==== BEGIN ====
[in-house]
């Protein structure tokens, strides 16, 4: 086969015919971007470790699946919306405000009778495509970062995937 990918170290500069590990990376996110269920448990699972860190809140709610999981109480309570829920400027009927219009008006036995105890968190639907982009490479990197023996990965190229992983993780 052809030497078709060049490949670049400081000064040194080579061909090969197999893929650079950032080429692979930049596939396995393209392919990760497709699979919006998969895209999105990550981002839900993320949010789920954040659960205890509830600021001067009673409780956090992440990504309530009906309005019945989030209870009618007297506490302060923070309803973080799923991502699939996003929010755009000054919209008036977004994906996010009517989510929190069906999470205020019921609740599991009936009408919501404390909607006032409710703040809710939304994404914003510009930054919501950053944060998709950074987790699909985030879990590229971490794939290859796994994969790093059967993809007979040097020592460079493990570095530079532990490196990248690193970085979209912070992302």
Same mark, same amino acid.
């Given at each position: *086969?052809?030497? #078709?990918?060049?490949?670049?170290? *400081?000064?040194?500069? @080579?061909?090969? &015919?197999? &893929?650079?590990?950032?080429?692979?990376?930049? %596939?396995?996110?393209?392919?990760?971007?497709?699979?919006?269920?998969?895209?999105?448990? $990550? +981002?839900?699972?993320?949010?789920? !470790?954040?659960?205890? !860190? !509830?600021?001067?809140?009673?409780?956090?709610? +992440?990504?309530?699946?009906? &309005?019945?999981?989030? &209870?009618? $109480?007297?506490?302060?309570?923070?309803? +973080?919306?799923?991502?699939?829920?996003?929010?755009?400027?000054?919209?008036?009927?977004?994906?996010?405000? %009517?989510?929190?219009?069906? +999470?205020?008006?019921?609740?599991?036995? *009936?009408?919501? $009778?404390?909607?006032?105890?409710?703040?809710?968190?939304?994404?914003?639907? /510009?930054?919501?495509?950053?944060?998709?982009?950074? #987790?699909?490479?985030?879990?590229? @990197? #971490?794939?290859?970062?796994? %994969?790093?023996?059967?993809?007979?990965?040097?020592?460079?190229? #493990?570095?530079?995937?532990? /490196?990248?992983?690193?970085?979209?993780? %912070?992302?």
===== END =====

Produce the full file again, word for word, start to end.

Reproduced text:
[in-house]
């Protein structure tokens, strides 16, 4: 086969015919971007470790699946919306405000009778495509970062995937 990918170290500069590990990376996110269920448990699972860190809140709610999981109480309570829920400027009927219009008006036995105890968190639907982009490479990197023996990965190229992983993780 052809030497078709060049490949670049400081000064040194080579061909090969197999893929650079950032080429692979930049596939396995393209392919990760497709699979919006998969895209999105990550981002839900993320949010789920954040659960205890509830600021001067009673409780956090992440990504309530009906309005019945989030209870009618007297506490302060923070309803973080799923991502699939996003929010755009000054919209008036977004994906996010009517989510929190069906999470205020019921609740599991009936009408919501404390909607006032409710703040809710939304994404914003510009930054919501950053944060998709950074987790699909985030879990590229971490794939290859796994994969790093059967993809007979040097020592460079493990570095530079532990490196990248690193970085979209912070992302």
Same mark, same amino acid.
């Given at each position: *086969?052809?030497? #078709?990918?060049?490949?670049?170290? *400081?000064?040194?500069? @080579?061909?090969? &015919?197999? &893929?650079?590990?950032?080429?692979?990376?930049? %596939?396995?996110?393209?392919?990760?971007?497709?699979?919006?269920?998969?895209?999105?448990? $990550? +981002?839900?699972?993320?949010?789920? !470790?954040?659960?205890? !860190? !509830?600021?001067?809140?009673?409780?956090?709610? +992440?990504?309530?699946?009906? &309005?019945?999981?989030? &209870?009618? $109480?007297?506490?302060?309570?923070?309803? +973080?919306?799923?991502?699939?829920?996003?929010?755009?400027?000054?919209?008036?009927?977004?994906?996010?405000? %009517?989510?929190?219009?069906? +999470?205020?008006?019921?609740?599991?036995? *009936?009408?919501? $009778?404390?909607?006032?105890?409710?703040?809710?968190?939304?994404?914003?639907? /510009?930054?919501?495509?950053?944060?998709?982009?950074? #987790?699909?490479?985030?879990?590229? @990197? #971490?794939?290859?970062?796994? %994969?790093?023996?059967?993809?007979?990965?040097?020592?460079?190229? #493990?570095?530079?995937?532990? /490196?990248?992983?690193?970085?979209?993780? %912070?992302?």